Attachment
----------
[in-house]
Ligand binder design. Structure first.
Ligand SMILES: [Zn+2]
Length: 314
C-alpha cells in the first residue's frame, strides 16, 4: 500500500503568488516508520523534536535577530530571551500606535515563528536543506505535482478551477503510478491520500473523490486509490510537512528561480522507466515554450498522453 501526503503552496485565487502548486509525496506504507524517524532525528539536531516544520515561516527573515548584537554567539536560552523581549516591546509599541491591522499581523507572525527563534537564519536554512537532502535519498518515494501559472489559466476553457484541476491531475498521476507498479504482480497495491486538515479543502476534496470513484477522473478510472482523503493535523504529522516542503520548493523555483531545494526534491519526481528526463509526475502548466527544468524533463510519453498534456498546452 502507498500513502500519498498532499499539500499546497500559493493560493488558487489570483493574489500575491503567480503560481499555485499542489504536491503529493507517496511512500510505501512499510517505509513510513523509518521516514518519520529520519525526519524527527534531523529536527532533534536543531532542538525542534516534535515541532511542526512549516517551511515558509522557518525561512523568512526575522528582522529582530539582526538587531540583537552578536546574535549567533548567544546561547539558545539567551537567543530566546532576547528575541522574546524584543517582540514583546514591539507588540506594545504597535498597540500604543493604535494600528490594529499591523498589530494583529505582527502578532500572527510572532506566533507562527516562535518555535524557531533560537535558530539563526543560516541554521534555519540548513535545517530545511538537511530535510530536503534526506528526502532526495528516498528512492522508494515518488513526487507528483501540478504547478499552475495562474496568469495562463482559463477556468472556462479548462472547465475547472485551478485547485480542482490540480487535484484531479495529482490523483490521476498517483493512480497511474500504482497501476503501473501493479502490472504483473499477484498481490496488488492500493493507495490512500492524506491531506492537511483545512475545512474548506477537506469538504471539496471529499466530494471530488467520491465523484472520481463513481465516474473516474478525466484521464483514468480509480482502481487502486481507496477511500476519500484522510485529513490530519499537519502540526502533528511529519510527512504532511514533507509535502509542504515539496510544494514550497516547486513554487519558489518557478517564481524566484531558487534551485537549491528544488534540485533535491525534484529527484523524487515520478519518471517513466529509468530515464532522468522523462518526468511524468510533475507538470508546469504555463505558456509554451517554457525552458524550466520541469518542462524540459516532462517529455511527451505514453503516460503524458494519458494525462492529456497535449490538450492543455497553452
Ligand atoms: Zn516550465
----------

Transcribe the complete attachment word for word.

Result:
[in-house]
Ligand binder design. Structure first.
Ligand SMILES: [Zn+2]
Length: 314
C-alpha cells in the first residue's frame, strides 16, 4: 500500500503568488516508520523534536535577530530571551500606535515563528536543506505535482478551477503510478491520500473523490486509490510537512528561480522507466515554450498522453 501526503503552496485565487502548486509525496506504507524517524532525528539536531516544520515561516527573515548584537554567539536560552523581549516591546509599541491591522499581523507572525527563534537564519536554512537532502535519498518515494501559472489559466476553457484541476491531475498521476507498479504482480497495491486538515479543502476534496470513484477522473478510472482523503493535523504529522516542503520548493523555483531545494526534491519526481528526463509526475502548466527544468524533463510519453498534456498546452 502507498500513502500519498498532499499539500499546497500559493493560493488558487489570483493574489500575491503567480503560481499555485499542489504536491503529493507517496511512500510505501512499510517505509513510513523509518521516514518519520529520519525526519524527527534531523529536527532533534536543531532542538525542534516534535515541532511542526512549516517551511515558509522557518525561512523568512526575522528582522529582530539582526538587531540583537552578536546574535549567533548567544546561547539558545539567551537567543530566546532576547528575541522574546524584543517582540514583546514591539507588540506594545504597535498597540500604543493604535494600528490594529499591523498589530494583529505582527502578532500572527510572532506566533507562527516562535518555535524557531533560537535558530539563526543560516541554521534555519540548513535545517530545511538537511530535510530536503534526506528526502532526495528516498528512492522508494515518488513526487507528483501540478504547478499552475495562474496568469495562463482559463477556468472556462479548462472547465475547472485551478485547485480542482490540480487535484484531479495529482490523483490521476498517483493512480497511474500504482497501476503501473501493479502490472504483473499477484498481490496488488492500493493507495490512500492524506491531506492537511483545512475545512474548506477537506469538504471539496471529499466530494471530488467520491465523484472520481463513481465516474473516474478525466484521464483514468480509480482502481487502486481507496477511500476519500484522510485529513490530519499537519502540526502533528511529519510527512504532511514533507509535502509542504515539496510544494514550497516547486513554487519558489518557478517564481524566484531558487534551485537549491528544488534540485533535491525534484529527484523524487515520478519518471517513466529509468530515464532522468522523462518526468511524468510533475507538470508546469504555463505558456509554451517554457525552458524550466520541469518542462524540459516532462517529455511527451505514453503516460503524458494519458494525462492529456497535449490538450492543455497553452
Ligand atoms: Zn516550465